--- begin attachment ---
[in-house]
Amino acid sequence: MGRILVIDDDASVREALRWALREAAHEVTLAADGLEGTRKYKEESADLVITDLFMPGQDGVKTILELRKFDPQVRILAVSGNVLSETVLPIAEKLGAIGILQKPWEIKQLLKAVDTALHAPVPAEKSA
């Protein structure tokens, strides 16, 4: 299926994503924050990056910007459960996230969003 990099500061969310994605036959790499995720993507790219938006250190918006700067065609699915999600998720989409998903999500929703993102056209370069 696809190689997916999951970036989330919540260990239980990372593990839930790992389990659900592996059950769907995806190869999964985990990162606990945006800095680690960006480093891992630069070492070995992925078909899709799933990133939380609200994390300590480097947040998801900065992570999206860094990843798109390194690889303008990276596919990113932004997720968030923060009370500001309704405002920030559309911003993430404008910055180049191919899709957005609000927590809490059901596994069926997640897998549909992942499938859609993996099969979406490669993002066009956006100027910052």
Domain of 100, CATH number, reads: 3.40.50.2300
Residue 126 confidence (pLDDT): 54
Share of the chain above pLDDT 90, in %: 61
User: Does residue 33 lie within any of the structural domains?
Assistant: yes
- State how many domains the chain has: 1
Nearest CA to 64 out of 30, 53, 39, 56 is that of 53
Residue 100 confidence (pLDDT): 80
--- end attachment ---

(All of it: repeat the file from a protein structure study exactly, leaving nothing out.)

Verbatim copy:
[in-house]
Amino acid sequence: MGRILVIDDDASVREALRWALREAAHEVTLAADGLEGTRKYKEESADLVITDLFMPGQDGVKTILELRKFDPQVRILAVSGNVLSETVLPIAEKLGAIGILQKPWEIKQLLKAVDTALHAPVPAEKSA
């Protein structure tokens, strides 16, 4: 299926994503924050990056910007459960996230969003 990099500061969310994605036959790499995720993507790219938006250190918006700067065609699915999600998720989409998903999500929703993102056209370069 696809190689997916999951970036989330919540260990239980990372593990839930790992389990659900592996059950769907995806190869999964985990990162606990945006800095680690960006480093891992630069070492070995992925078909899709799933990133939380609200994390300590480097947040998801900065992570999206860094990843798109390194690889303008990276596919990113932004997720968030923060009370500001309704405002920030559309911003993430404008910055180049191919899709957005609000927590809490059901596994069926997640897998549909992942499938859609993996099969979406490669993002066009956006100027910052």
Domain of 100, CATH number, reads: 3.40.50.2300
Residue 126 confidence (pLDDT): 54
Share of the chain above pLDDT 90, in %: 61
User: Does residue 33 lie within any of the structural domains?
Assistant: yes
- State how many domains the chain has: 1
Nearest CA to 64 out of 30, 53, 39, 56 is that of 53
Residue 100 confidence (pLDDT): 80